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How to Write a Creative Research Paper

How to Write a Research Paper

Whether you’re writing a short story, research paper, or assignment at some point in your education, you will likely be faced with the challenge of being creative in your writing.

However, you relate to it, creative writing can be an enjoyable, rewarding craft. But that doesn’t mean it always comes easy. Whether creative writing falls outside of your comfort zone, or you aren’t sure how to get started, or you’re just working through a nasty case of writer’s block, there are plenty of things you can do to improve your craft.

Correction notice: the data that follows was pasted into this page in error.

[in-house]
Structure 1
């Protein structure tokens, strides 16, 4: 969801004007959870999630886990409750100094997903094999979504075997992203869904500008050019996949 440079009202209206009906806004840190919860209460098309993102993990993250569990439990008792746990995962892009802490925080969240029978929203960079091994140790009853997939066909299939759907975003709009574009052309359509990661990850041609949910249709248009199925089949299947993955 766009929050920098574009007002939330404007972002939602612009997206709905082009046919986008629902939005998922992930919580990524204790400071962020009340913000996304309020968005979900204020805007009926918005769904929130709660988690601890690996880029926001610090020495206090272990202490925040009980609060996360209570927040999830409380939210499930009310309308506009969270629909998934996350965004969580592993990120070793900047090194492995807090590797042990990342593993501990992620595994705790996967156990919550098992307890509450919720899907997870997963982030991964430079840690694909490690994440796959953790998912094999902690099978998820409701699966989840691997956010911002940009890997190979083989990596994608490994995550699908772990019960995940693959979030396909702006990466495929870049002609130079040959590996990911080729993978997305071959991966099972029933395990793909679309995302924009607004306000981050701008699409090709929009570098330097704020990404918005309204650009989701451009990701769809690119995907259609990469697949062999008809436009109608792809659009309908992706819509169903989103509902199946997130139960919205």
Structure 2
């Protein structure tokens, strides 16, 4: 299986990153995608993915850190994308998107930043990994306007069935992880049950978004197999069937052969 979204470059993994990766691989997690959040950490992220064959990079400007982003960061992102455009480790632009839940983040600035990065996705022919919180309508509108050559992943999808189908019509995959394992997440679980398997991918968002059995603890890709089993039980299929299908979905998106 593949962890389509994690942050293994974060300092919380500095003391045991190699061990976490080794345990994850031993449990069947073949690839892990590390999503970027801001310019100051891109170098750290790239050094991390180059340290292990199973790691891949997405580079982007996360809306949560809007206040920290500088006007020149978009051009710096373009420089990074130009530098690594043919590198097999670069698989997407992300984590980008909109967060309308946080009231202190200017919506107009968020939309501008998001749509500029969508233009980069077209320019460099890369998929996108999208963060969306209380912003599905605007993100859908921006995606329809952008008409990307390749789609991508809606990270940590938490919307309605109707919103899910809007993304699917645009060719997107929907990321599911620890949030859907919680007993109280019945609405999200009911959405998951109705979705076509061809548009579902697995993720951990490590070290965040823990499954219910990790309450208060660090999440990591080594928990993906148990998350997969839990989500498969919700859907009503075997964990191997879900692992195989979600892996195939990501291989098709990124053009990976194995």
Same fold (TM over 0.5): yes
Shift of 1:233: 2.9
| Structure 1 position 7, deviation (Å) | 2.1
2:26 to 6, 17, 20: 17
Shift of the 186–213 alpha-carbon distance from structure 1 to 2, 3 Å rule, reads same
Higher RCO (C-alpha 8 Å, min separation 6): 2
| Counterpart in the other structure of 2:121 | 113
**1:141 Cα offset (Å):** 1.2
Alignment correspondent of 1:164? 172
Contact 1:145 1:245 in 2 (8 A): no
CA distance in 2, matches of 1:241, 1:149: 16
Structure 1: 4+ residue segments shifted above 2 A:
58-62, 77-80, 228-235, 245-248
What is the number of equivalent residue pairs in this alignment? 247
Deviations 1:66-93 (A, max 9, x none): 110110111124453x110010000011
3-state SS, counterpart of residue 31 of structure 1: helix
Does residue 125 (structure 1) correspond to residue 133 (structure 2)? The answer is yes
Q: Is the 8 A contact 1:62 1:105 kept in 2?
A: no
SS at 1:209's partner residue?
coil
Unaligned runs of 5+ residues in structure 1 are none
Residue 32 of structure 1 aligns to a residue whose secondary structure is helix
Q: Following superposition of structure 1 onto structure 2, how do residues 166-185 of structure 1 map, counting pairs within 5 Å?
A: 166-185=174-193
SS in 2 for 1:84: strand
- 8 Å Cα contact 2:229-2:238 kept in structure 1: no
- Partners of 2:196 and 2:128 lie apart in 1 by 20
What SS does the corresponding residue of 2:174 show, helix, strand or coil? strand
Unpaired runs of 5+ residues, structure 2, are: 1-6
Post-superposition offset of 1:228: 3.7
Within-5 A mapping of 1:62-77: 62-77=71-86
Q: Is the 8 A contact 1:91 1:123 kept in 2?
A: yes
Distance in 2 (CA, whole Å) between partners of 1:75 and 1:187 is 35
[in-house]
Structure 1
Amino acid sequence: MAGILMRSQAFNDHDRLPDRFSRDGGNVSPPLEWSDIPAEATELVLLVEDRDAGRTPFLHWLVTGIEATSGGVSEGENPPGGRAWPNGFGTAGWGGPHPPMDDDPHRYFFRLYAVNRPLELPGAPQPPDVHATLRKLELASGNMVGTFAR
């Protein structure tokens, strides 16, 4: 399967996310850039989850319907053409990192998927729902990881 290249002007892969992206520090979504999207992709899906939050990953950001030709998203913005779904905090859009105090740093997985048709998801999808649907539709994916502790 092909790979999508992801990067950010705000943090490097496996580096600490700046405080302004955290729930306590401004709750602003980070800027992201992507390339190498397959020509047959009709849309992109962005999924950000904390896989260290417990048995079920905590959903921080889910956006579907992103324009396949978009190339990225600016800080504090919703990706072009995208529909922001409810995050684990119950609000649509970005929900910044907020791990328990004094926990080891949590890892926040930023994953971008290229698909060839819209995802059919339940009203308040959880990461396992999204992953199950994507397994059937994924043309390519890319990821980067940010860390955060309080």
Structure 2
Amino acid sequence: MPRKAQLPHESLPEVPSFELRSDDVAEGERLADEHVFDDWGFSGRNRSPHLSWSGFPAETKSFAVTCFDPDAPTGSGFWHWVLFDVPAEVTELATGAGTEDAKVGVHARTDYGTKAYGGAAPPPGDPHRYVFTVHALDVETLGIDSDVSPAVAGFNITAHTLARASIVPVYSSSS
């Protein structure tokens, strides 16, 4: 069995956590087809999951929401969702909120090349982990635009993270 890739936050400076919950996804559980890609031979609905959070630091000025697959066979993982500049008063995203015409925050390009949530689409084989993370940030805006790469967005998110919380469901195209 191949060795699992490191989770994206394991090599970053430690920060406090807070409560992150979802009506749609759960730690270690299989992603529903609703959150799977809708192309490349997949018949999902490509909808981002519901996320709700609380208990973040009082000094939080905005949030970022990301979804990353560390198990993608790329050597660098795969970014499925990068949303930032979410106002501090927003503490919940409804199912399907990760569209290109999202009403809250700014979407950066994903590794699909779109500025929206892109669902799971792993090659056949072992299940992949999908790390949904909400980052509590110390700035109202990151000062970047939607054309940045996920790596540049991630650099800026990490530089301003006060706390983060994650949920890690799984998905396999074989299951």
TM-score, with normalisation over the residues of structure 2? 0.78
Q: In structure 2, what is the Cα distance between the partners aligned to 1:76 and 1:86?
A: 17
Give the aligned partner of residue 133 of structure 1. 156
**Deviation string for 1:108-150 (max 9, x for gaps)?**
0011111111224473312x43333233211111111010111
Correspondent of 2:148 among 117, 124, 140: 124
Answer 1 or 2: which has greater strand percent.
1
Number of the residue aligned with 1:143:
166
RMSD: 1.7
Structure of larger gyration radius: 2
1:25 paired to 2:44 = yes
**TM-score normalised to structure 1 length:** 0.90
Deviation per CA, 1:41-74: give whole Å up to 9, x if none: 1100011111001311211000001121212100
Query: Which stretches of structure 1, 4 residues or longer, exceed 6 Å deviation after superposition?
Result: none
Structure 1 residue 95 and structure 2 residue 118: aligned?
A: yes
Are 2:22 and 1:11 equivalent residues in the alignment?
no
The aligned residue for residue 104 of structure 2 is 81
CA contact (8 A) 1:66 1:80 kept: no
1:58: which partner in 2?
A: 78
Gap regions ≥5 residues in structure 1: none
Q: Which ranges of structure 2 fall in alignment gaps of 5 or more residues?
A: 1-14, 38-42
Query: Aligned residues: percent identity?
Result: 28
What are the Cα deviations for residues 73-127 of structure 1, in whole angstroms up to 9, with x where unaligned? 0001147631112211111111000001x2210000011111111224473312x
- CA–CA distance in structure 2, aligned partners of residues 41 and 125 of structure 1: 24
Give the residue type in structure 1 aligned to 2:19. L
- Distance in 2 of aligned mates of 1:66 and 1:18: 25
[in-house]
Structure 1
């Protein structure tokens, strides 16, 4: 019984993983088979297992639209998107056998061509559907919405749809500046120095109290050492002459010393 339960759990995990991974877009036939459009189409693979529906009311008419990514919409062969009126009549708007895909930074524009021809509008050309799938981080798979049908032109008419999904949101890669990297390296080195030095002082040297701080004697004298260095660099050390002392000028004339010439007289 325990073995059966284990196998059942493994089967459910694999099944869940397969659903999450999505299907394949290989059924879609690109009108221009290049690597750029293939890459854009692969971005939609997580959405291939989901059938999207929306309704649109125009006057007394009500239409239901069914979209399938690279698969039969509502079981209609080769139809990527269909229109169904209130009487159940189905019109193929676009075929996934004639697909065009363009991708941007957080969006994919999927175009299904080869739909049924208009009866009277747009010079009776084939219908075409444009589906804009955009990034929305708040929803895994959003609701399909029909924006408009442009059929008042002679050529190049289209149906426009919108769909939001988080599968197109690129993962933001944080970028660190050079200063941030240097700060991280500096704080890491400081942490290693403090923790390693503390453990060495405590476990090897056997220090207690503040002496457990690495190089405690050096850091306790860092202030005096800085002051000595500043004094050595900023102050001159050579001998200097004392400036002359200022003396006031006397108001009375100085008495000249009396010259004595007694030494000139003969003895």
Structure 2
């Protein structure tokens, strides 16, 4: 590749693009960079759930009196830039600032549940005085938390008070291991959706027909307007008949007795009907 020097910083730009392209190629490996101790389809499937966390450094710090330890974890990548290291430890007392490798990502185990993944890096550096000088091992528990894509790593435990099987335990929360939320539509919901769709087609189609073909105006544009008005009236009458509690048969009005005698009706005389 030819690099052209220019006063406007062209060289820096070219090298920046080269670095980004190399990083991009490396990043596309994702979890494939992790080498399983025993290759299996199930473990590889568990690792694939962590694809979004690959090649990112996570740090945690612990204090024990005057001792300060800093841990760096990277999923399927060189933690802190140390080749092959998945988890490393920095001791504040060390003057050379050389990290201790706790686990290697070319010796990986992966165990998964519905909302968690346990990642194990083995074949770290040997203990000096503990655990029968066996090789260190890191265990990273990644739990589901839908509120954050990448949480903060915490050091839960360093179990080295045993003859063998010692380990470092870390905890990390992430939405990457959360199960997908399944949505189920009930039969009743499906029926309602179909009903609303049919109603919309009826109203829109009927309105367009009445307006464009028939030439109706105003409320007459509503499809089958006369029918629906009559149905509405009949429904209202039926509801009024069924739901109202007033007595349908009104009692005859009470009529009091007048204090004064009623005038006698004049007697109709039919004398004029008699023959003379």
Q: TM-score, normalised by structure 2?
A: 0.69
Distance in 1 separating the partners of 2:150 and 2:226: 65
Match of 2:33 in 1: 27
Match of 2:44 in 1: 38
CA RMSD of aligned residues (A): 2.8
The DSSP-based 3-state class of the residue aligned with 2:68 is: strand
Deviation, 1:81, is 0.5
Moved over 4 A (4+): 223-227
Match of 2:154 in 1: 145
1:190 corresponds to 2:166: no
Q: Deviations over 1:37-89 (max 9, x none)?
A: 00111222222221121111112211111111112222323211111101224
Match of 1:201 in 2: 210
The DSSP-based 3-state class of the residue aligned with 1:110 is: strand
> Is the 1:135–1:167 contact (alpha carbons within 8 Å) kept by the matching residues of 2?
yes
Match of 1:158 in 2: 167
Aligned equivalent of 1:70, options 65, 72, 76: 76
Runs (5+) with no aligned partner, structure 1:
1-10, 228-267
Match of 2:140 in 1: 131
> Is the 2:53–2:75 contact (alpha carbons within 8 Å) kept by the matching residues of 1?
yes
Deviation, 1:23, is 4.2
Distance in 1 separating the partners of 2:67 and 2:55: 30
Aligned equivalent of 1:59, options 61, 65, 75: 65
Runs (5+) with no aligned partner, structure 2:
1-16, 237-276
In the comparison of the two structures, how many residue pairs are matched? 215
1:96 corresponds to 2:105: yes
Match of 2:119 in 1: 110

1. Be Well-Read

One would hope that in a research paper creative or otherwise, the fact that it should be based on knowledge would be obvious. But you’ll be wrong to assume that’s what happens.

For your research paper to be well written you need to read up. Being a generally well-read person aids your writing.

And don’t limit yourself to one style or medium. Spend time with contemporary short stories and poetry; look into plot-driven horror, character-driven pieces, “the masters,” and rising contemporary authors; explore journals, magazines, and blogs. Find out what you enjoy and learn what people are writing and publishing right now.

2. Do your Research